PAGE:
Food notes from all over: Mobile Indian food with a side of fun, Cajun cooking in the Midwest and bar snacks for wine

by Terry B on June 30, 2010

Fake brothers from a fake country serve up real treats from a DC food truck, a former construction worker cooks up Cajun food surrounded by Illinois cornfields, and a California winery creates bar snacks to pair with its wines.


Gourmet food trucks have been catching on everywhere (well, except here in Chicago, where draconian health regulations continue to thwart most attempts). In the past couple of years, chefs and wannabe chefs have been rehabbing used postal vans, delivery trucks and even old ice cream trucks and creating rolling restaurants that serve up an amazing range of eats in cities across the country. But few do it with the style and charming back story of the Fojol Bros.

Only two of the four Fojol Bros. are actual brothers, and no one is named Fojol. Wearing turbans and patently false mustaches, they peddle a changing menu of delicious, healthy Indian food with no preservatives from their homeland, “Merlindia.” And they let people know of the whereabouts of their “traveling culinary carnival” on Twitter. The Fojol Bros., back story and all, are the subject of my latest piece on cable station USA Network’s USA Character Approved Blog. The blog is in soft launch mode at the moment—I’ll let you know when it goes into full launch (heck, I’ll probably take out a full-page ad somewhere).


At Ron’s Cajun Connection, a lively roadside place about 80 miles southwest of Chicago, every order comes with a side of sass, from chef/owner Ron McFarlain himself. He regularly makes the rounds of the tables and booths of the three-room restaurant, seeing who ordered what and letting diners know what they did wrong.

We didn’t order gator, mistake number one. And we did order salads, instead of the cup of gumbo. Ron really took us to task for that one. “Eat what I cook. Eat what I cook. I didn’t cook the salad!”

It’s hard to go wrong with anything Ron cooks. Born and raised in Lake Charles, Louisiana, the heart of Cajun country, he started following construction jobs north. Along the way, he would cook for his fellow workers. Late in 1995, he gave up construction and took up cooking full time, in his own restaurant, Ron’s Cajun Connection. Improbably enough, he did so in the midst of cornfields in Utica, Illinois.

key-lime-pie-ehfisherNot much Cajun cooking makes it this far north. Ron soon had a loyal following. Taste his catfish, crawfish, shrimp (all breaded and fried, of course) or his jambalaya, étoufée or red beans and rice, and you’ll know why. Nothing is overly spicy—he believes in flavor, not heat. If you want to heat things up, though, there are hot sauces at the table. Just make sure you save room for dessert—especially the key lime pie or pecan pie, baked on premises. Missing those would be the real mistake.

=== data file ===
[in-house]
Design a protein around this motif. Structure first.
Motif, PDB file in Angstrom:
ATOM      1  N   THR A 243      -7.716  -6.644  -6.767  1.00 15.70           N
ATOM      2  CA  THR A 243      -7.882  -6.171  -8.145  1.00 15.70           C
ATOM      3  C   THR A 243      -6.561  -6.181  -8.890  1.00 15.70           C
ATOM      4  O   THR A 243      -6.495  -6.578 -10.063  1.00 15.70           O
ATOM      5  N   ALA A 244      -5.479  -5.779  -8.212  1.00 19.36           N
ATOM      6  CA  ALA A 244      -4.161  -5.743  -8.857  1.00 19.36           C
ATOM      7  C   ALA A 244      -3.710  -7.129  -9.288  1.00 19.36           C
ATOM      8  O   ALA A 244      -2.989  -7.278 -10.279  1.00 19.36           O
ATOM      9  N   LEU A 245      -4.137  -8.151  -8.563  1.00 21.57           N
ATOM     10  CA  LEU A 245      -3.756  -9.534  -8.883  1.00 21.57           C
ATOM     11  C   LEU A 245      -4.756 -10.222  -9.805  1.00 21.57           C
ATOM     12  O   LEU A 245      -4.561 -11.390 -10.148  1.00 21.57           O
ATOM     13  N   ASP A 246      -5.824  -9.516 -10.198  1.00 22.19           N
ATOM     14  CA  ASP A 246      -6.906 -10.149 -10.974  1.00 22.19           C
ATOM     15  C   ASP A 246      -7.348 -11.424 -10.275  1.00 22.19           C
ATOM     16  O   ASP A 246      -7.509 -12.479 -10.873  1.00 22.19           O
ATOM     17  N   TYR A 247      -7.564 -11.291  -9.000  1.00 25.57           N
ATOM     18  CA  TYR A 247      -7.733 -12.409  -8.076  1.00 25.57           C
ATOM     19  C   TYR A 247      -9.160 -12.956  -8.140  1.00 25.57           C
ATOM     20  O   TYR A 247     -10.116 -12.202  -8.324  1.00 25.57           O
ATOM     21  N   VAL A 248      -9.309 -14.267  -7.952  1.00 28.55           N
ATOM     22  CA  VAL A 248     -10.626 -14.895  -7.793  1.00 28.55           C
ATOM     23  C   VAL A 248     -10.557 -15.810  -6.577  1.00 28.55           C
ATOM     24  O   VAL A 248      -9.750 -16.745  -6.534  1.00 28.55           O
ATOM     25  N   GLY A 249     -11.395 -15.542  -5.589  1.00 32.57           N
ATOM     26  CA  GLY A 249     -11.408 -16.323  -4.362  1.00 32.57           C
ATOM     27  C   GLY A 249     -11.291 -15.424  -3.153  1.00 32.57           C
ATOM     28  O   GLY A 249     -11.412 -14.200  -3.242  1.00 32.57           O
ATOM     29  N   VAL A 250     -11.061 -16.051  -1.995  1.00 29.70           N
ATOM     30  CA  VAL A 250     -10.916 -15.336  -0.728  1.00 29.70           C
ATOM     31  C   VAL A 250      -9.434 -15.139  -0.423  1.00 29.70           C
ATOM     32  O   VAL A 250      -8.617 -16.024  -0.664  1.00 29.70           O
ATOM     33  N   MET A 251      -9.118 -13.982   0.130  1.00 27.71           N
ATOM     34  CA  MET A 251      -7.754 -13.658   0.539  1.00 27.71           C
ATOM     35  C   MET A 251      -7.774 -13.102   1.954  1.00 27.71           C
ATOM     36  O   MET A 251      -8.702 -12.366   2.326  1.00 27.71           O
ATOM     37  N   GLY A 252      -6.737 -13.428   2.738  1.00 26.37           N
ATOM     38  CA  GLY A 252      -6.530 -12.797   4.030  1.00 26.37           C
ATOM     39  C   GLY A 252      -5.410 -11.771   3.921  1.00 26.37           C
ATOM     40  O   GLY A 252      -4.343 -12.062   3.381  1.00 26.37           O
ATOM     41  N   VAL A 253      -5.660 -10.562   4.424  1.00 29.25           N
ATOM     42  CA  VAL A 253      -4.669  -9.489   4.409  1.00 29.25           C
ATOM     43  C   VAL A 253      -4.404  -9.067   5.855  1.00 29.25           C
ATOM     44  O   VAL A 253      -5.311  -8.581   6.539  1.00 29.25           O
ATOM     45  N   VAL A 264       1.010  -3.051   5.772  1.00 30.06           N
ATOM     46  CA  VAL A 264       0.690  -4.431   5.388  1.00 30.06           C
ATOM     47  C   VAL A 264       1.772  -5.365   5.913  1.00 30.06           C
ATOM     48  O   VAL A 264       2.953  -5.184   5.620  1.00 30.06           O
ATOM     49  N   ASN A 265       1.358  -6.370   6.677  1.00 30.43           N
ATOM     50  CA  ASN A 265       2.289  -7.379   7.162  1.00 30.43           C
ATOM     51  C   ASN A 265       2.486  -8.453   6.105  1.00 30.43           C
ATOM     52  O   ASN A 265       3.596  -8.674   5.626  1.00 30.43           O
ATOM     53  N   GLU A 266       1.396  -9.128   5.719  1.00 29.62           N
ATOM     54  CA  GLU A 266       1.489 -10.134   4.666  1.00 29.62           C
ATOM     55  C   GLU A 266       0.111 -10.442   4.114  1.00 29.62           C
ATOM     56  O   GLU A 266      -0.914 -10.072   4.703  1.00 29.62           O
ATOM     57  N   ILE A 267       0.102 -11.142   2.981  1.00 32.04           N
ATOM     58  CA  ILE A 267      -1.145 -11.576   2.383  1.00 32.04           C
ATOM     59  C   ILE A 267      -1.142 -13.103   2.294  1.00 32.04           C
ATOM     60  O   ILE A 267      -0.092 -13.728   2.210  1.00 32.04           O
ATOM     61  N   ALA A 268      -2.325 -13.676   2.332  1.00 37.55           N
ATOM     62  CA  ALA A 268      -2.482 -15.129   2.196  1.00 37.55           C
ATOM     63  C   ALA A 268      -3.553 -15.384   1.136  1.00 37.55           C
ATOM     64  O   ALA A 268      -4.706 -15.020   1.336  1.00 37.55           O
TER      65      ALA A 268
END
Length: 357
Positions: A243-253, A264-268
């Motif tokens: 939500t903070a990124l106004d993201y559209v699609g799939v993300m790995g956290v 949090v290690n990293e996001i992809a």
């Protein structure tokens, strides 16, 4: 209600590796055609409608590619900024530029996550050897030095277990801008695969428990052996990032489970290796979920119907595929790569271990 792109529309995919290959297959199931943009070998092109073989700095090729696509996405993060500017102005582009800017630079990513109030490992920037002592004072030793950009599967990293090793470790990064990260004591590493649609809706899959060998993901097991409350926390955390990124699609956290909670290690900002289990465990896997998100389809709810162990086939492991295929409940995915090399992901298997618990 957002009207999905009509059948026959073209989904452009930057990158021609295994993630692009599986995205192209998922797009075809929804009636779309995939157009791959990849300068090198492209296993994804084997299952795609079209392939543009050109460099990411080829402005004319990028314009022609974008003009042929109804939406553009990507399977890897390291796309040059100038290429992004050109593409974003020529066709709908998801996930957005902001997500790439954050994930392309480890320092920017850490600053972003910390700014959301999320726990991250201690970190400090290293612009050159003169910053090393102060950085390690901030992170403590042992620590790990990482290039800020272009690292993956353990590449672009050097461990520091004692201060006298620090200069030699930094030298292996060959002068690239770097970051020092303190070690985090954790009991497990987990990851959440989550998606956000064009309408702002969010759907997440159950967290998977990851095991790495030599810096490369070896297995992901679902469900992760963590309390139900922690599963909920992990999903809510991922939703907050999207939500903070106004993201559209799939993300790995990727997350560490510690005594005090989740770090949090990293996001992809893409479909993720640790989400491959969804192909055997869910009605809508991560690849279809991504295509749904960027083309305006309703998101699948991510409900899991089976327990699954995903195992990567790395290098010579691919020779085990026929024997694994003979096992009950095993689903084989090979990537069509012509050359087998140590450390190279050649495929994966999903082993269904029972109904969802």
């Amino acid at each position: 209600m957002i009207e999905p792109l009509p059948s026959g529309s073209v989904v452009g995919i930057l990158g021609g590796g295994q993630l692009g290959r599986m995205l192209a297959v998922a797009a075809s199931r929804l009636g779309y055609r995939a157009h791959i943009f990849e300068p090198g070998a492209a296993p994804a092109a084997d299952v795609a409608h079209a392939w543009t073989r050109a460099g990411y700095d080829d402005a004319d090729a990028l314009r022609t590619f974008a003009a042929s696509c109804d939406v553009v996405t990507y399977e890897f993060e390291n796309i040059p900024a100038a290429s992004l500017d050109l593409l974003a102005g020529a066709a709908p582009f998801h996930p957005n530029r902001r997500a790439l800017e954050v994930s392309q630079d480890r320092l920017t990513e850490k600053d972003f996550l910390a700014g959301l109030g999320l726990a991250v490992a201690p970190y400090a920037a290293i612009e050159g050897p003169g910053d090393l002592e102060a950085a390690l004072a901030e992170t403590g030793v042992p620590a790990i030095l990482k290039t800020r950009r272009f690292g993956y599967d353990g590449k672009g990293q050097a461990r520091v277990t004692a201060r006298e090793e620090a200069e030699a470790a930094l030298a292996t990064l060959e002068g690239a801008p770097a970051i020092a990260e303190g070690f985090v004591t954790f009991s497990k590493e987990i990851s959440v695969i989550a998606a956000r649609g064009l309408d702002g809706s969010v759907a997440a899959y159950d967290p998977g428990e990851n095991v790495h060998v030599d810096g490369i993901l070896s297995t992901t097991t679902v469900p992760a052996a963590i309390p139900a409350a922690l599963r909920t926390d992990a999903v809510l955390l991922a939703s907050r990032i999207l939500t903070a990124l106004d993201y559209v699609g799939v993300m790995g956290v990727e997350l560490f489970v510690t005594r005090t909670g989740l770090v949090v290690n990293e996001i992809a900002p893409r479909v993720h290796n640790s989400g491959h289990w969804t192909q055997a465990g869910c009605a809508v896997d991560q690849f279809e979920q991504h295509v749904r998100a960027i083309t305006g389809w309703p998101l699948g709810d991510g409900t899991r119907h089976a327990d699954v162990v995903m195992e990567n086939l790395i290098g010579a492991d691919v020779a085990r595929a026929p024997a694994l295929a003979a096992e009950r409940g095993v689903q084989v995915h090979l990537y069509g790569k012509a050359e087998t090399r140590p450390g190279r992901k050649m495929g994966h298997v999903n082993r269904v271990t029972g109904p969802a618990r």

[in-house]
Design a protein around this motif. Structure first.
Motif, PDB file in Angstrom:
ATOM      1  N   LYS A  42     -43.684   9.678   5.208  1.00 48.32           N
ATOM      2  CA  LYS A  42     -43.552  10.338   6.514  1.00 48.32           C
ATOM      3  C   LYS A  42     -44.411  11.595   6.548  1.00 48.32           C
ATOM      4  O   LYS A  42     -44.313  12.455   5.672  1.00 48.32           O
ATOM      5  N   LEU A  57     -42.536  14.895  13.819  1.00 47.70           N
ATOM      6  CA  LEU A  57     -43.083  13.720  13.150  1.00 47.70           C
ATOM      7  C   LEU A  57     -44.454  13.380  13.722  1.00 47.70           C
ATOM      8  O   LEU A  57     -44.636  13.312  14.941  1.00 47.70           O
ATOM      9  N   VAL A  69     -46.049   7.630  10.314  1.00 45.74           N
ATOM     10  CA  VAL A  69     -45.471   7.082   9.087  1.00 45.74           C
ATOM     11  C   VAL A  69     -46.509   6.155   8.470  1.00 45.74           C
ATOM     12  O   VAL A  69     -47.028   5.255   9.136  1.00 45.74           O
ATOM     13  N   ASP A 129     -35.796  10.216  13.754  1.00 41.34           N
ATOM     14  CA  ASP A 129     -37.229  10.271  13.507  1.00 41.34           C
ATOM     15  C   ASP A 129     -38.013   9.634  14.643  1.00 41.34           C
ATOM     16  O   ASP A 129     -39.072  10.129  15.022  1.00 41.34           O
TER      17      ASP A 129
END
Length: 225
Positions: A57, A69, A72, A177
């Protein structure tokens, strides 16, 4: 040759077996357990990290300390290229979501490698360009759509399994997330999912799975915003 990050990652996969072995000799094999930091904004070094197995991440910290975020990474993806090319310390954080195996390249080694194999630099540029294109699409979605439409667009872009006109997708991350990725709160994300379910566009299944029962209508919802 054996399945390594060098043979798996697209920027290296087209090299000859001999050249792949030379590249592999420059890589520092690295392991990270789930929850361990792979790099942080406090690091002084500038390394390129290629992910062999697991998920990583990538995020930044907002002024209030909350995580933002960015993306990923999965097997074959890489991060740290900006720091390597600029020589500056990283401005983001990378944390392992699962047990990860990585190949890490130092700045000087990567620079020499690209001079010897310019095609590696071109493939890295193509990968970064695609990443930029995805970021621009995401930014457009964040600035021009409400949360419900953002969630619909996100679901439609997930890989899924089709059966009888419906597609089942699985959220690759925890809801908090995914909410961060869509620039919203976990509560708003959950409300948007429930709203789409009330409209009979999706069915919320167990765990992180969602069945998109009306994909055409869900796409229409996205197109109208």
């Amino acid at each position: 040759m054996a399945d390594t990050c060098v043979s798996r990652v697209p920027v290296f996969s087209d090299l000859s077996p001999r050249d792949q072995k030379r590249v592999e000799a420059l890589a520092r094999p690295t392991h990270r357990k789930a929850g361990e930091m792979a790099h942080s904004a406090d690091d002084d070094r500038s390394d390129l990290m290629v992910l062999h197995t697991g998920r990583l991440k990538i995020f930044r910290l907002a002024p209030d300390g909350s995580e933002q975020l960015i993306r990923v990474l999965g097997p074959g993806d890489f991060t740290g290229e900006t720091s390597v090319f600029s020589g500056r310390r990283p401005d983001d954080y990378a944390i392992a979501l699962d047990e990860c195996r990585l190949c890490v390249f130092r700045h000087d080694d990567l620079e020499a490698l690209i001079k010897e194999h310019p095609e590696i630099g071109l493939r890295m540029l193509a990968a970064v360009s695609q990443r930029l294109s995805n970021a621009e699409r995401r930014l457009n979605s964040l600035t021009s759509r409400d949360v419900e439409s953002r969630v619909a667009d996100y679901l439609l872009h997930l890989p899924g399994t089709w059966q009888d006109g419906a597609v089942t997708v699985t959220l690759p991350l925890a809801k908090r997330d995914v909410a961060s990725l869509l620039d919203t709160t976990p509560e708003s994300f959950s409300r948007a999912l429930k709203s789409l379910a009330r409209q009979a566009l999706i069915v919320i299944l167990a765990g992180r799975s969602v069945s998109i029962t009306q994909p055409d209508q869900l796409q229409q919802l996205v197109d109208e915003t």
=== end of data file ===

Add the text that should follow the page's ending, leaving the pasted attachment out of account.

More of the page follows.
Ron’s Cajun Connection
897 East U.S. Highway 6, Utica, IL, (815)667-9855


The idea of serving salty, savory snacks with cocktails ranks right up there with the invention of moveable type or the discovery of penicillin for me. Whoever first did it is a genius. Now, the owners of Clif Family Winery & Farm have taken that brilliant idea one step further—they’ve created Gary & Kit’s Gourmet Mountain Mix, a collection of salty, savory (and a little sweet) snacks specifically designed to pair with wines.

The Mountain Mix snacks are the first in a new line of gourmet foods with an emphasis on great taste and local and organic ingredients. Reflecting the importance of local food sourcing and sustainability, the ingredients for Mountain Mix are sourced from California, and each flavor is made with at least 70% organic ingredients.

There are four flavors to choose from: Sundried Berry & Cherries with Roasted Almonds (our personal favorite), Smoked Paprika Almonds Sprinkled with Sea Salt, Glazed Walnuts & Apricots with Bing Cherries and Roasted Pistachios and Almonds Tossed with Rosemary. And while they’re meant to pair with wine, they’re just as tasty with other alcoholic beverages or, dare I say it, stone cold sober. Currently, they’re available at the winery, on their website and at gourmet grocers and specialty stores throughout California.
Clif Family Winery & Farm
St. Helena, California


{ 2 comments… read them below or add one }

Dani H July 4, 2010 at 8:39 am

I love when you do posts like this, Terry. Even when it’s not something available on the web, it’s fun to learn what’s going on around the country. Thanks for the info!

Terry B July 4, 2010 at 2:00 pm

Thanks, Dani! I enjoy doing posts like this—I have a magpie eye that is constantly spotting things like these that don’t fall into a recipe-generating category, but I still like to share them.

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